Go ahead and take a stand…what do you think? Is it really something that teachers should spend their already demanding standard-packed, curriculum-filled, school days with?
Do we really have the time for something that is not highlighted in most scope and sequence plans for our grade level curriculum? After all, do we not read to and with our students a large part of every school day? It should be enough right? We are already sending a positive message by sharing so much literature with our children, aren’t we?
If you have to choose between spending time to focus on and plan time to motivate our young readers, when will be get time to actually read with them?
This is a topic that I’m sure most educators would take an equally divided stand. At least that is what I have experienced in my career. So I ask again…Is taking time out of our teaching days to motivate readers worth the time? Think about your answer. Then read on.
I am a reading specialist of 11 years and an elementary classroom teacher for the other 15 for a total of 26 years in grades K-5. If there is one thing that I have battled with both as a reading specialist and as a classroom teacher it is this question I posed to you at the beginning of this post.
I have spent many hours working with young readers as well as studying the art of teaching reading and the one conclusion I have come to is this…TEACHING OUR YOUNG READERS THE BEAUTY AND IMPORTANCE OF READING IN OUR DAILY LIVES IS ONE OF THE MOST IMPORTANT THINGS WE AS EDUCATORS CAN DO.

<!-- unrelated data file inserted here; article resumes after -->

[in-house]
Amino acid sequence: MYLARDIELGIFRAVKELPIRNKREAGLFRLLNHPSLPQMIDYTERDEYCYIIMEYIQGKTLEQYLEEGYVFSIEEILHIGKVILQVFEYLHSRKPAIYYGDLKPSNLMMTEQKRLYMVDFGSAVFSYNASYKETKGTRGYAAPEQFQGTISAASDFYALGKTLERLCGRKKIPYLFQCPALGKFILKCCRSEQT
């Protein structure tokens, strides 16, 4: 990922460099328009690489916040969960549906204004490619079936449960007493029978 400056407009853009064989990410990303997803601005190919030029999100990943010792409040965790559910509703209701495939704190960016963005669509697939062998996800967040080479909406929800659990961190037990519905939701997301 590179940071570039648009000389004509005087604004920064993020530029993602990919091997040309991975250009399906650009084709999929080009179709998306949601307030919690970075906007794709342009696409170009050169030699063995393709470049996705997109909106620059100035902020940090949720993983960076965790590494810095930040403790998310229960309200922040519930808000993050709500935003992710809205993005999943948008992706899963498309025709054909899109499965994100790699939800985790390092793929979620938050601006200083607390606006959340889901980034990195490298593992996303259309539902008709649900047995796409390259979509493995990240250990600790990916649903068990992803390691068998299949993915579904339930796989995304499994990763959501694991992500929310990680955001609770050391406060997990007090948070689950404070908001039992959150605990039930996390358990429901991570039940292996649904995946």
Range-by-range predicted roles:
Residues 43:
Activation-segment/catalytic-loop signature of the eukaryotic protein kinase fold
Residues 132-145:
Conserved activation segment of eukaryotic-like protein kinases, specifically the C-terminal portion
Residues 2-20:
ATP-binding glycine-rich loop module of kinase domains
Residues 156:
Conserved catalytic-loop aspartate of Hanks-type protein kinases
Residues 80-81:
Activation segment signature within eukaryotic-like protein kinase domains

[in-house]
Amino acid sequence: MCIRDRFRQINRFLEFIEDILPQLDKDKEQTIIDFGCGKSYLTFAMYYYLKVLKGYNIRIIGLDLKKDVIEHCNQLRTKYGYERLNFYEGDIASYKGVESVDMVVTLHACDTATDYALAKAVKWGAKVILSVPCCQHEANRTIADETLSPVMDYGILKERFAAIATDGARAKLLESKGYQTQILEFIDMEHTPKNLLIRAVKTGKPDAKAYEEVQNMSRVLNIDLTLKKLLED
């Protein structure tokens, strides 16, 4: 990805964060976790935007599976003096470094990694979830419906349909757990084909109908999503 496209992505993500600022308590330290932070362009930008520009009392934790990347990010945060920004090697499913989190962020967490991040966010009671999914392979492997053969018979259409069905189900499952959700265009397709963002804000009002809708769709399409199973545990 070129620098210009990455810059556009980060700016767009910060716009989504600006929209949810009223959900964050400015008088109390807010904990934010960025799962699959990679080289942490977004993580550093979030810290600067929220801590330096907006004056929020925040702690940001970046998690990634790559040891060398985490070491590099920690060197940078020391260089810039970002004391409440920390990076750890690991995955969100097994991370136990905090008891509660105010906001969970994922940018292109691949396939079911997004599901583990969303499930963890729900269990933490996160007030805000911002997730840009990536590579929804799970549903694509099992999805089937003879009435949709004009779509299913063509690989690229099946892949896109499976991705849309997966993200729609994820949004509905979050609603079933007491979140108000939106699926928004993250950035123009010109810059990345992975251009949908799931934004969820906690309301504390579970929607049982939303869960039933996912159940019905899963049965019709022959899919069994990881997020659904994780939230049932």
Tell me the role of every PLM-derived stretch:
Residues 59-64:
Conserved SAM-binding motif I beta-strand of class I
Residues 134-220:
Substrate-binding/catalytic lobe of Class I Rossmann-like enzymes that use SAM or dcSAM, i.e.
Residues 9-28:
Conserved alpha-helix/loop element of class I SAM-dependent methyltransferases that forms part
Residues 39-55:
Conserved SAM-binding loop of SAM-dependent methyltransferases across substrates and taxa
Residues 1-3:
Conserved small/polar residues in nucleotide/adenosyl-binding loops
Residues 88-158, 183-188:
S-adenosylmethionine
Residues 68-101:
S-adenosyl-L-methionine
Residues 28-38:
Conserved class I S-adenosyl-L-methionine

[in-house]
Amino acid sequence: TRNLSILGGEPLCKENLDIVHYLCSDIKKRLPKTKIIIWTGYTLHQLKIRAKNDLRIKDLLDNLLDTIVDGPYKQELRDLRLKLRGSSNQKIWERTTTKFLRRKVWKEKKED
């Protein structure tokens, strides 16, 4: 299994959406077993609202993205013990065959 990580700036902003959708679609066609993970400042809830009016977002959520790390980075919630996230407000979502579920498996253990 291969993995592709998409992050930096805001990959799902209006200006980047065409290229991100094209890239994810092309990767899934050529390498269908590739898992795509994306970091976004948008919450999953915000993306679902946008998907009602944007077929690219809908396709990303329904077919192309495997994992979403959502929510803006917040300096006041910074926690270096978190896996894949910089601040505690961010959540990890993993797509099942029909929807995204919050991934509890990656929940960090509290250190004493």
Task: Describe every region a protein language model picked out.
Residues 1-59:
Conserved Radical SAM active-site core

There…I said it. There are studies galore that confirm this opinion. Simply search this question and multiple articles will fill your computer screen. So many that it could overwhelm you. So why do we waiver when asked this question? Why do we continue to send our students to the classroom or school library without enthusiasm, anticipation, or a plan for finding a great book? Why do we continue to either not schedule time for our students to read books of their choice during our school day or even plan time for them to read but never speak of what they are reading? Why do we not showcase new and great books with the grandeur and excitement that major motion movie production companies do their new releases? Kids sure know what movies are being released…they should also know what books are being released.
Did you know that research shows students that enjoy reading for pleasure in their early years have a higher reading achievement than their peers that do not. Many who read daily as young readers can score 1.5 years or more higher than their peers who do not read for pleasure. Even these vague facts are pretty powerful and a very good reason to make time to plan reading motivation lessons and conversations into your daily plans.
This is the motivation behind my series “Raising Real Readers”. We need to teach our young readers that reading can be fun, exciting, and actually help them to be more successful in school. This doesn’t even compare though to the fact that reading can be a personal experience that is tailored so specifically to each person. It can fill voids that no other lesson can. It can provide young people with ways to fill their educational and personal needs. It can change their lives.
So…I leave you with this. As an educator I’m pretty sure that you are a dedicated one or you wouldn’t be seeking educational blogs. What kinds of learning experiences do you want to provide for your students? Lasting ones that can change their lives? If the answer is yes, than motivating your young readers is a must.
Follow my blog for tips, strategies, and resources on how to make this integration of reading motivation into your classroom one that is easy and a whole lot of fun for you and your students.
Until the next post…